Finland Is Ending Its Universal Basic Income Scheme
The Finnish government is not going to extend a two-year trial that has paid 2,000 unemployed people a basic income of €560 ($685) per month.
The pilot scheme began in January 2017 and is now set to expire at the end of this year. The 2,000 participants were randomly selected to receive the monthly payments even after they found employment.
“The eagerness of the government is evaporating. They rejected extra funding [for it],” said Olli Kangas, a researcher at the Finnish government agency Social Insurance Institution (Kela), and one of the experiment’s designers.
Universal basic income is seen by its supporters as a safety net that would encourage unemployed people to get at least temporary jobs. It is believed that it could potentially improve mobility within the labor market by providing people with an income between contracts.
Finland is the first European country to have seriously considered paying its citizens an unconditional basic income and subsequently conducted a scheme of this kind. However, the government is now looking into other ways of reforming the country’s existing welfare system.”
“There is a problem with young people lacking secondary education, and reports of those guys not seeking work,” Heikki Hiilamo, a professor of social policy at the University of Helsinki said. “There is a fear that with basic income they would just stay at home and play computer games.”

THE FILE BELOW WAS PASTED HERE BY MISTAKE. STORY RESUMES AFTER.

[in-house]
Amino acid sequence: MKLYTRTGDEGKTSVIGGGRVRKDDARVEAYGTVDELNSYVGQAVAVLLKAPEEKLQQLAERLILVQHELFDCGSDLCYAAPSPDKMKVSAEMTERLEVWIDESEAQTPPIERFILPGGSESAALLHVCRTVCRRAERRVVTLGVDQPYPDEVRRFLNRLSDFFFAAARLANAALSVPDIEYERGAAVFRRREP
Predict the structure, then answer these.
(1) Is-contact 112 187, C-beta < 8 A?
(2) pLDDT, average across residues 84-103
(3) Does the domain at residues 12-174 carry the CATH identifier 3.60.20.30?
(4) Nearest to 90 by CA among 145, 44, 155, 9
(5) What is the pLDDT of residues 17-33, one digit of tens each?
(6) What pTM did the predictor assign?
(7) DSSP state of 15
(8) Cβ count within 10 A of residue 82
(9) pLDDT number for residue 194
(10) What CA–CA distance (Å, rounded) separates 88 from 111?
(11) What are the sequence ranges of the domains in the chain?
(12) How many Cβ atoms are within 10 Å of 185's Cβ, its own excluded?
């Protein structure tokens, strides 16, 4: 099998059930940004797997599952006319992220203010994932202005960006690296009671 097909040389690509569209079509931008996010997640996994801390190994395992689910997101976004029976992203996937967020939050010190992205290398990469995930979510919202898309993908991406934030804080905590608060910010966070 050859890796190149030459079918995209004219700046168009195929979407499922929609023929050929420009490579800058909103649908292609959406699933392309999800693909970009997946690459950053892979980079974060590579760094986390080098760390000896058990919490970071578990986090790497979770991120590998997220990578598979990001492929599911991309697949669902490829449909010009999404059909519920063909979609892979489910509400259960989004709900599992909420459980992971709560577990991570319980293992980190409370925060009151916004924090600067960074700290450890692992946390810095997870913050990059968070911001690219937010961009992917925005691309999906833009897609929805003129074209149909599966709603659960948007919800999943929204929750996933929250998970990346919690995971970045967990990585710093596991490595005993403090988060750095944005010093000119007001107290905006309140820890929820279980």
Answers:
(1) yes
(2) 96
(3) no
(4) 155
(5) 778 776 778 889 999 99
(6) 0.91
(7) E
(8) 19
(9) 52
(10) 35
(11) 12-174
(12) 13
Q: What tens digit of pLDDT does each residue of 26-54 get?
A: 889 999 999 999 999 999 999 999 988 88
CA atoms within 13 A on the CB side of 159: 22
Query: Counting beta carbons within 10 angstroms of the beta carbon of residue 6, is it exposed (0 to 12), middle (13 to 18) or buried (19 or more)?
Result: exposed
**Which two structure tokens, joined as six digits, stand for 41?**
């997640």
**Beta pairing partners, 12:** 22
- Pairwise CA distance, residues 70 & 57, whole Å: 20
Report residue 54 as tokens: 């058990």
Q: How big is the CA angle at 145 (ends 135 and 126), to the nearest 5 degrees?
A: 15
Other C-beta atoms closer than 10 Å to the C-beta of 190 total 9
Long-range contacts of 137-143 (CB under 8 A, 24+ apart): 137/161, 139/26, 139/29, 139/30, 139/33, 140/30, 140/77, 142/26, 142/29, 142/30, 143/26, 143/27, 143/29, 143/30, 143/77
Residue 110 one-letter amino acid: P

A number of billionaire entrepreneurs have expressed an interest in the concept of a universal basic income, arguing that job insecurity cannot be prevented amid the growing trend towards automation. Some of the idea’s proponents are Mark Zuckerberg of Facebook, Elon Musk of Tesla and Space X and Richard Branson of the Virgin Group.
Sam Altman, president of the start-up accelerator Y Combinator is currently planning another basic income experiment. The aim is to randomly select 3,000 individuals in two US states, 1,000 of whom will receive $1,000 per month for three to five years. The use of these payments will be closely monitored, and recipients’ spending habits will be compared with those who do not receive the basic income.
In 2016, Swiss voters overwhelmingly rejected a proposal to introduce an unconditional basic income for all Swiss citizens. The suggestion was to pay every adult 2,500 Swiss francs ($2,558) per month, while every child was going to receive 625 Swiss francs ($635).